Andrea Di Stefano and Vanessa di Stefano - Wood & Vine Presents the Los Angeles Premiere of Escobar: Paradise Lost - Arrivals at ArcLight Hollywood - Hollywood, California, United States - Tuesday 23rd June 2015
Rome Film Festival - 'Escobar: Paradise Lost' - Photocall
Working with perceptive writer David Magee (Finding Neverand), Ang Lee creates one of the most thoughtful, artistic blockbusters ever made by a Hollywood studio. Although Yann Martel's award-winning novel was considered unfilmable, Magee and Lee have managed to maintain the delicate balance of an awesome adventure story with provocative themes that echo long after the story reaches its tricky, mind-expanding conclusion.
Imaginative teen Pi Patel (Sharma) grew up in a zoo owned by his parents (Hussain and Tabu) in formerly French India. And when hard times come, they decide to pack up and move with the animals to Canada. But the ship they are travelling on runs into a fierce storm in the Pacific, sinking suddenly and leaving Pi as the lone survivor on a lifeboat with a wounded zebra, a frantic hyena, a seasick orang-utan and a hungry Bengal tiger named Richard Parker. Over the coming months, Pi and Richard Parker survive due to the challenges of coexisting in such a confined space. And with his Buddhist, Christian and Islamic beliefs, Pi now believes the experience also helps explain the existence of God.
The film adds a framing device as a writer (Spall) interviews the older Pi (Khan), essentially putting both us and Martel into the story. This helps open the themes up in intensely personal ways, while grounding the extravagantly visual ordeal at sea with a quietly involving house-bound conversation. And far from removing suspense, knowing that Pi survives brings out the layers of meaning in ways that are suspenseful and challenging. Everything about the story is infused with the idea of faith in God, with intriguing parallels in the relationships between humans, animals and nature. But none of this is overstated: it's subtle and questioning rather than preachy. And much more effective as a result.
Continue reading: Life of Pi Review
When New York writer Liz (Roberts) decides she's tired of her loving-but-aimless husband (Crudup), she has a rebound romance with a young actor (Franco) before deciding to travel the world to find herself. Her sassy friend Delia (Davis) thinks she's crazy, but Liz takes off for Rome, where she discovers food and friends (Novotny and Argentero). In India she seeks inner peace with a fellow traveller (Jenkins). And in Bali she studies with a guru (Subiyanto) and falls for a Brazilian (Bardem) who has baggage of his own.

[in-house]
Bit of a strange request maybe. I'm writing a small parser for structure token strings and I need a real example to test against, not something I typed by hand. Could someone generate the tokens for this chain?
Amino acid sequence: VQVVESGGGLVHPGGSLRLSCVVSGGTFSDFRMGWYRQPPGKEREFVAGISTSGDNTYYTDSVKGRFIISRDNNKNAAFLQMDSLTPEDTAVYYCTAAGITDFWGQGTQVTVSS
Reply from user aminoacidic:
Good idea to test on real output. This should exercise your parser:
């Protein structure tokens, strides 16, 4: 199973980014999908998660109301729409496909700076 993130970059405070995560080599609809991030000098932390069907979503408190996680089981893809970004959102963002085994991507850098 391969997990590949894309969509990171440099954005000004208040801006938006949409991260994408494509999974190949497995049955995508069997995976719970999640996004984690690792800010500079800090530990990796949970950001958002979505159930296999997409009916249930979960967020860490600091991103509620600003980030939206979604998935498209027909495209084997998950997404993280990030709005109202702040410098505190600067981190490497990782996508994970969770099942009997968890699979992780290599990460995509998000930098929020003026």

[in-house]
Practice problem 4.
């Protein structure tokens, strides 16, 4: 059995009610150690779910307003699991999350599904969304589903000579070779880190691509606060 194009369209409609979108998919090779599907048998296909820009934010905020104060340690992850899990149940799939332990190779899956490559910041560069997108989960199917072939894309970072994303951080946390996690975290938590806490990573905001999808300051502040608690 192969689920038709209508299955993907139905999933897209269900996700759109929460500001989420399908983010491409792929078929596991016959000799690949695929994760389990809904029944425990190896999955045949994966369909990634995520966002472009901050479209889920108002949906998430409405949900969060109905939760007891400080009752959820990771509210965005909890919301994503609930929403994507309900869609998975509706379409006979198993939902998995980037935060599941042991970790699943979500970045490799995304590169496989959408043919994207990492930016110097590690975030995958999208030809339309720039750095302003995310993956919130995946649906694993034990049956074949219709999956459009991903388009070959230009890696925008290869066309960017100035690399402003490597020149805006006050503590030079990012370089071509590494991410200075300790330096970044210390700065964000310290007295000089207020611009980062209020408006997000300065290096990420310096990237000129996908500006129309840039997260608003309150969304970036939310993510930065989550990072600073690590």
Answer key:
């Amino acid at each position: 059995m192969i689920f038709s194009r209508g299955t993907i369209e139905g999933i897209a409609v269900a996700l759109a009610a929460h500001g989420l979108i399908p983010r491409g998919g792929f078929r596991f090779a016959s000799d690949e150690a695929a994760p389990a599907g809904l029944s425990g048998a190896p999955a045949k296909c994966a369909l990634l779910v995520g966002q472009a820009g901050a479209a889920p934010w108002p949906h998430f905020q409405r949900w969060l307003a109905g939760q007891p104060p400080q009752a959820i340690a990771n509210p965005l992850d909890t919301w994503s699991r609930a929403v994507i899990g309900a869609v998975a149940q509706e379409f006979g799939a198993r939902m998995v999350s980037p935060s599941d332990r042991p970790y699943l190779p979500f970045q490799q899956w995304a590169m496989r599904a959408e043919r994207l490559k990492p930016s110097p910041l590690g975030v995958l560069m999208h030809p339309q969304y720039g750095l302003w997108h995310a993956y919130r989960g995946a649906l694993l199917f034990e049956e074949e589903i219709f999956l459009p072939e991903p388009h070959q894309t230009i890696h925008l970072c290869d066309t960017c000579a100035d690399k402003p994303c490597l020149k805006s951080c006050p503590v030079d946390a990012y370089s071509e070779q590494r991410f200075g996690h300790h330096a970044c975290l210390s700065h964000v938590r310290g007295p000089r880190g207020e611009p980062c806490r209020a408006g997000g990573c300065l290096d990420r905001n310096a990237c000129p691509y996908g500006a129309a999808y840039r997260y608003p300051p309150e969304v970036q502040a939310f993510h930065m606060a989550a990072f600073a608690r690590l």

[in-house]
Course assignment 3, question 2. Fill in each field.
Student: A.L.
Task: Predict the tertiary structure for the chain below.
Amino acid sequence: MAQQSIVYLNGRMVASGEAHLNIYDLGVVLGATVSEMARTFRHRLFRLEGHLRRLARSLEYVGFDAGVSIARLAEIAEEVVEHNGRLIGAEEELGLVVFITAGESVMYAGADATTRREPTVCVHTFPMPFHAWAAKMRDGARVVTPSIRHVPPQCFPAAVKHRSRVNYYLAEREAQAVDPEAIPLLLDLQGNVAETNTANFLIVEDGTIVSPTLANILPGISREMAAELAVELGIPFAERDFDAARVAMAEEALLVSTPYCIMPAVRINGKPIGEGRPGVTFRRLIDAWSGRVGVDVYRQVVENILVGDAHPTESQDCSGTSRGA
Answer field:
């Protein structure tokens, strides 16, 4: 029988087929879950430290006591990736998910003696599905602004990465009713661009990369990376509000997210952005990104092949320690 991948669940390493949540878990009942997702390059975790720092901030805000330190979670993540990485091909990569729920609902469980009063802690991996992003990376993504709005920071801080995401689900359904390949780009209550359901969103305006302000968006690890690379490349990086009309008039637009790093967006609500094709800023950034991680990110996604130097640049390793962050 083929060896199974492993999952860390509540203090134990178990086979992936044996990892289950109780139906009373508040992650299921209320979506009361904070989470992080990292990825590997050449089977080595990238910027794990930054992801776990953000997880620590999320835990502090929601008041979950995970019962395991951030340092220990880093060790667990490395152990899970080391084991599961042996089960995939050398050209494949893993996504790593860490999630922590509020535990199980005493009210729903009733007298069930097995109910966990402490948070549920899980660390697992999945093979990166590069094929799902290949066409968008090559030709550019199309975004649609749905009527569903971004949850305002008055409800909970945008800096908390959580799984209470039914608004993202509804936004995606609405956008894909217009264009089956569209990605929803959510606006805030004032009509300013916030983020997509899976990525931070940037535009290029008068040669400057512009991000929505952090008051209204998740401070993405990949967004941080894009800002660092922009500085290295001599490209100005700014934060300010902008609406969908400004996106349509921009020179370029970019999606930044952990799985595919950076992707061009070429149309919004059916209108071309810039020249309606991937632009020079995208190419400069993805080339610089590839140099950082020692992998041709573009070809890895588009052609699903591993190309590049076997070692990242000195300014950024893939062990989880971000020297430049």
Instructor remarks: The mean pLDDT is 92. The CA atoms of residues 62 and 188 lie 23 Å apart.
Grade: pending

Continue reading: Eat Pray Love Review
Alas, the subject of Before Night Falls is likely not a name you'll be familiar with anyway, but there he is, a speechless little boy playing in a pit dug in the ground. As it turns out, Reinaldo Arenas was an acclaimed Cuban author, and I have to take the press notes' word on that, as I've never heard of the guy. His life certainly appears to have been filled with adventure and tragedy, as many Cuban lives undoubtedly have been. Outcast as a youth for his interest in writing and his predilection for the male gender, Arenas was persecuted, imprisoned, exiled, and infected (apparently with AIDS, though it's never really specified). And all the while he just wants to write his poetry and novels. Perhaps the best scene in the film has Arenas floating in escape from one round in prison, his manuscript tied to his waist in a plastic bag.
Continue reading: Before Night Falls Review
Reinaldo Arenas was a gifted Cuban novelist and poet whose life of poverty, hardship, revolution, censorship, imprisonment and exile never stemmed his formulation of passionate prose.
In "Before Night Falls," artist/filmmaker Julien Schnabel pays devotional homage to the writer with a soul-probing and beautifully cinematic adaptation of his memoirs, begun in a Cuban prison in 1973 and published posthumously after he succumbed to AIDS in New York in 1990.
The film, which tracks Arenas's entire life beginning with his childhood in a dirt-floored farmhouse, features dulcet, moving voice-overs from his poetry. It boasts powerful symbolism and political statements about freedom and persecution, not to mention cinematography that brings vividly to life the ironic contrast of Cuba's impoverished living conditions with its breathtaking beauty.
Continue reading: Before Night Falls Review